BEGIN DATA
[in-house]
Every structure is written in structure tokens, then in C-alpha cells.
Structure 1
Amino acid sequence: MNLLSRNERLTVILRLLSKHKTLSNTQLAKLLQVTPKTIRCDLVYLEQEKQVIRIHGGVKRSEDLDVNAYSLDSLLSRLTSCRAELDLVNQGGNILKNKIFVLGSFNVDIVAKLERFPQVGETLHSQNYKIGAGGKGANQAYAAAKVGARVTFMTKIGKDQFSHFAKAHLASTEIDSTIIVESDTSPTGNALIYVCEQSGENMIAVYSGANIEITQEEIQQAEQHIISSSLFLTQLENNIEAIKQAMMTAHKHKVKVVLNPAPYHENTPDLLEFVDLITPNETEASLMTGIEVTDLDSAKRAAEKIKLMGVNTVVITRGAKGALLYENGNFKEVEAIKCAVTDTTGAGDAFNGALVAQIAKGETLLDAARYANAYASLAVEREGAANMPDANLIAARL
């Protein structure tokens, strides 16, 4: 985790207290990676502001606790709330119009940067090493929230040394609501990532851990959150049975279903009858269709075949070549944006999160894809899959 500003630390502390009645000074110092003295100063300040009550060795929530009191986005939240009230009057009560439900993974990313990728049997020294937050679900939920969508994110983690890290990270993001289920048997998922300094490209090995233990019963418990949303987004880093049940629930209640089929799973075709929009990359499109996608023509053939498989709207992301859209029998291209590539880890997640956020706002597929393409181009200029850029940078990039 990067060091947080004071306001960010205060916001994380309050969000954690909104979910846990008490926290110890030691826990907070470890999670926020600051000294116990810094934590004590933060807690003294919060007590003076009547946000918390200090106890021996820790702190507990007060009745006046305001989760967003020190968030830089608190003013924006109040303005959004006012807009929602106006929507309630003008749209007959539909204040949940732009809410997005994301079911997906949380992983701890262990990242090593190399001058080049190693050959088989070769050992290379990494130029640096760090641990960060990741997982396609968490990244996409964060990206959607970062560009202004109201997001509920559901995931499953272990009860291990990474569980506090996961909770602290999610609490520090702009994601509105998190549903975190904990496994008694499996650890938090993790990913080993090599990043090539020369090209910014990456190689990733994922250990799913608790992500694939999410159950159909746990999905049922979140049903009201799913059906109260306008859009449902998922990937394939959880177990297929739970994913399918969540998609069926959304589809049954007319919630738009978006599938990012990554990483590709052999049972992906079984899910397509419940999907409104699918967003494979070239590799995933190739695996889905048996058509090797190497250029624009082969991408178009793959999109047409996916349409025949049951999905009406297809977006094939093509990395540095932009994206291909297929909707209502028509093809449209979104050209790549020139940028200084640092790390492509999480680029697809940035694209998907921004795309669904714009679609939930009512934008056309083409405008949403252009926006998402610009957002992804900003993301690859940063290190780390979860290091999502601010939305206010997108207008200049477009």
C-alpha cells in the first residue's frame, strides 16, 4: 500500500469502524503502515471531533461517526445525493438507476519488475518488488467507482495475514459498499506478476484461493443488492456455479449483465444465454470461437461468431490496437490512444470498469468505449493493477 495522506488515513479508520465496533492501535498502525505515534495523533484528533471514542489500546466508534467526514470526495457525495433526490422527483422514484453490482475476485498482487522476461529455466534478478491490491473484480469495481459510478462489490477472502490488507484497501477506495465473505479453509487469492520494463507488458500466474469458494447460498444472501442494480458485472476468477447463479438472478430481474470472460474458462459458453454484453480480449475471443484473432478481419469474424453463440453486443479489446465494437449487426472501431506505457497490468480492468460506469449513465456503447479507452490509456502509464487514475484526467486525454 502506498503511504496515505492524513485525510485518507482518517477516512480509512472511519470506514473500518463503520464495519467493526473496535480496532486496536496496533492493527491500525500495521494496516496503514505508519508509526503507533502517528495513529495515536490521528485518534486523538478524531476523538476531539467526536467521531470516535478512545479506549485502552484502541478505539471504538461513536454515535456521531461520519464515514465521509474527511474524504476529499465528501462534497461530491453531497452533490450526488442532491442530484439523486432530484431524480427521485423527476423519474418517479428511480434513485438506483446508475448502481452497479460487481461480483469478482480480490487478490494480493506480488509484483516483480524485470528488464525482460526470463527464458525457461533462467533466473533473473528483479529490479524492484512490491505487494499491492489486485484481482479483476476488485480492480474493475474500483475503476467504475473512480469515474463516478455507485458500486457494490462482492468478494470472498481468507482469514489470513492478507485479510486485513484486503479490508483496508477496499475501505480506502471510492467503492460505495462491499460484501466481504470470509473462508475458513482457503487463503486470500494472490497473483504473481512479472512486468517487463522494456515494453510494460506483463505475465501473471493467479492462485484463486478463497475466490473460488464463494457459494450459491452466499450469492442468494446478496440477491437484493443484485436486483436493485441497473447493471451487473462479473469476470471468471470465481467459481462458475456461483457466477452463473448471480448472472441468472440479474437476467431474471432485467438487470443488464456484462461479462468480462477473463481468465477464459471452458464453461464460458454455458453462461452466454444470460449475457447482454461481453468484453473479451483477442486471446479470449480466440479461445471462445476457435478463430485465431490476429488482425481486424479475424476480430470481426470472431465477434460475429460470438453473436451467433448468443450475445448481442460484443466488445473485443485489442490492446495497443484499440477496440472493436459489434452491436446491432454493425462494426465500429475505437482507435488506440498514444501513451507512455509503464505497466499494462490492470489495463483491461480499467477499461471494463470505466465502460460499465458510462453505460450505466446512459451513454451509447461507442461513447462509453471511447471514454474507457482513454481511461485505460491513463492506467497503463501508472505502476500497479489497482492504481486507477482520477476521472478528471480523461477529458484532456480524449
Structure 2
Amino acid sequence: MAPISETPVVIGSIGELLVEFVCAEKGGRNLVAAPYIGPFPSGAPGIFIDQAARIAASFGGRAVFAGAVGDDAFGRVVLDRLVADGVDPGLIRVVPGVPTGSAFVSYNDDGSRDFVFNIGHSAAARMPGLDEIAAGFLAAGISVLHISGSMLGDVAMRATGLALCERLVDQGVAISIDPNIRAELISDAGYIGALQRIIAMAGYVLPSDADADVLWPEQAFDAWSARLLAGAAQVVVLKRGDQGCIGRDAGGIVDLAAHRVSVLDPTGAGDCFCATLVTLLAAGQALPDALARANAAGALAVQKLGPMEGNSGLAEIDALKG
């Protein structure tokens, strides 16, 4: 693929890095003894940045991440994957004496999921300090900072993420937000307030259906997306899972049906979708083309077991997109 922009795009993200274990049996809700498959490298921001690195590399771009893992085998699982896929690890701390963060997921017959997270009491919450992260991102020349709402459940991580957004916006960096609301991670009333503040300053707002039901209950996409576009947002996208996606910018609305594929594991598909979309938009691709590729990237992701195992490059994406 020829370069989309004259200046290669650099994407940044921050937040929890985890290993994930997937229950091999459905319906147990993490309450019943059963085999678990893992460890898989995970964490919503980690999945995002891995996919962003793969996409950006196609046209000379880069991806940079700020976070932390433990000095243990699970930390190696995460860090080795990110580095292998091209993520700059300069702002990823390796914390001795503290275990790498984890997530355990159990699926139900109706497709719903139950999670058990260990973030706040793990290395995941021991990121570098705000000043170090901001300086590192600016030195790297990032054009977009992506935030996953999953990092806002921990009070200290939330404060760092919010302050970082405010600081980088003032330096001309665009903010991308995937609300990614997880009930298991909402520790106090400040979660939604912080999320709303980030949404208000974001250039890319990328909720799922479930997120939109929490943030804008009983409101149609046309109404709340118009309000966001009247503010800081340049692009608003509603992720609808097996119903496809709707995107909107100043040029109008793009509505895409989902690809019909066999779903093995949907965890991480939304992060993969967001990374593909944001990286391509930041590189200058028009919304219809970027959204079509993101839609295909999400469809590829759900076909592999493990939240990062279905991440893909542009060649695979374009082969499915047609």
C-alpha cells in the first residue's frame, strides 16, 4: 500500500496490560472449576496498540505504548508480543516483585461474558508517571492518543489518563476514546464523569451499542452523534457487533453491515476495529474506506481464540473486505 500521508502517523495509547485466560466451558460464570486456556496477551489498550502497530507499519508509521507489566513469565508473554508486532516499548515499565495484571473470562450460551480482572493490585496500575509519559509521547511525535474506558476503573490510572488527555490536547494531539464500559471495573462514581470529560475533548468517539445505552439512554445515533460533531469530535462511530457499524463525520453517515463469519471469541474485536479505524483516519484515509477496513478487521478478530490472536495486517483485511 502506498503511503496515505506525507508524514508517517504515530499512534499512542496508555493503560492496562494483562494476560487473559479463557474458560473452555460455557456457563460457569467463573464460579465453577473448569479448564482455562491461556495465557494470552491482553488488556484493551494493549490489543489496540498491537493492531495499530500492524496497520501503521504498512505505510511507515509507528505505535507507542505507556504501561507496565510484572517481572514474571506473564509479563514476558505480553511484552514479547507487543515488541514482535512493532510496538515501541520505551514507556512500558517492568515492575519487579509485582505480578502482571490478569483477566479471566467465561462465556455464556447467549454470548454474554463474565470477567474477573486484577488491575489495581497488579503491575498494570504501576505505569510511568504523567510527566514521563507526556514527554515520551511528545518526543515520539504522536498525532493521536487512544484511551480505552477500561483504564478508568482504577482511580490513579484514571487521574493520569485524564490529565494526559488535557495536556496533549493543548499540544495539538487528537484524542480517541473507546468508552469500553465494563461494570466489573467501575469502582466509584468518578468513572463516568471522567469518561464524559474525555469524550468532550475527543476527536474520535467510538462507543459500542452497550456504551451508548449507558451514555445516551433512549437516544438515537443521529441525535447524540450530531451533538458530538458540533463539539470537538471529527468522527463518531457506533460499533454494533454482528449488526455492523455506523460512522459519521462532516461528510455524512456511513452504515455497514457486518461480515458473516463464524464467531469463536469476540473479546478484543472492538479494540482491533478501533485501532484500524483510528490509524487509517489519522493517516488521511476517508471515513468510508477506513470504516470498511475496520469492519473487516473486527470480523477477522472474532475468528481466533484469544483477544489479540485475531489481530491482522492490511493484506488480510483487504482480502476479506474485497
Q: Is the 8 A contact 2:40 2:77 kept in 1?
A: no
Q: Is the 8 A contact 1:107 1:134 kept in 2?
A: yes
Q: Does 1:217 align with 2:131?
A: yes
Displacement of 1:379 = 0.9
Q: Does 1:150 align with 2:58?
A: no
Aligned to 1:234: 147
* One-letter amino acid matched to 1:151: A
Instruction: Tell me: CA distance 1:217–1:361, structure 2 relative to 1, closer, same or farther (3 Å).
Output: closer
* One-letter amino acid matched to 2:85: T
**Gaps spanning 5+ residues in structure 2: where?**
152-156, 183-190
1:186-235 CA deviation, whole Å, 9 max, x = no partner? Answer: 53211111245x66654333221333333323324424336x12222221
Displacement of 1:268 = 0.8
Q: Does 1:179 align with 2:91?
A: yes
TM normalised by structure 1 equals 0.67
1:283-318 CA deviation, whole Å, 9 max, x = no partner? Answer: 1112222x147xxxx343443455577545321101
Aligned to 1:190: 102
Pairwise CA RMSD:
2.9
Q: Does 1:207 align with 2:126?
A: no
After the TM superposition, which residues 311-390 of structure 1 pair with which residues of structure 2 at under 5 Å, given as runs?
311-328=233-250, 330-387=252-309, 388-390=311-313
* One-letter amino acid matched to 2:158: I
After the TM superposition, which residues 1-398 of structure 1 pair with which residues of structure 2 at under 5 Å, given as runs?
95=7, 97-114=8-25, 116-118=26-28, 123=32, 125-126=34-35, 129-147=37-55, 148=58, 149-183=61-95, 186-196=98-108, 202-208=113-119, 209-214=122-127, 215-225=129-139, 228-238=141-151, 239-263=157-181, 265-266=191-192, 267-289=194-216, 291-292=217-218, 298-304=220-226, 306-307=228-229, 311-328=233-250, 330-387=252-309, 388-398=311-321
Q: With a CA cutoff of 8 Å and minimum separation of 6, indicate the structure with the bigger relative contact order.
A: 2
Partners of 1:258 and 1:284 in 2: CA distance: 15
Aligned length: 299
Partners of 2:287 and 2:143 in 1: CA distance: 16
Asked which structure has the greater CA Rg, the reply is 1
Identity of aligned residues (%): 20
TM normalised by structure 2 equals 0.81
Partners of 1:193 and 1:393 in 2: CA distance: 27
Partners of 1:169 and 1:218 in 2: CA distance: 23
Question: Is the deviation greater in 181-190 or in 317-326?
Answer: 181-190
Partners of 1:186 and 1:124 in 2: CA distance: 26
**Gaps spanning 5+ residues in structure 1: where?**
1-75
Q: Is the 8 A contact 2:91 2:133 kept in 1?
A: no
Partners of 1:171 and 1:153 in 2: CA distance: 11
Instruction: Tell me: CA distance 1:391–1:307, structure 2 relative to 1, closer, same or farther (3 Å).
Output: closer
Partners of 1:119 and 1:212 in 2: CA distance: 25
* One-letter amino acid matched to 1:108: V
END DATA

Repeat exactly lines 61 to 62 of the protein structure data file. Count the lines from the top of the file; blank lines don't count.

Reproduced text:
Instruction: Tell me: CA distance 1:391–1:307, structure 2 relative to 1, closer, same or farther (3 Å).
Output: closer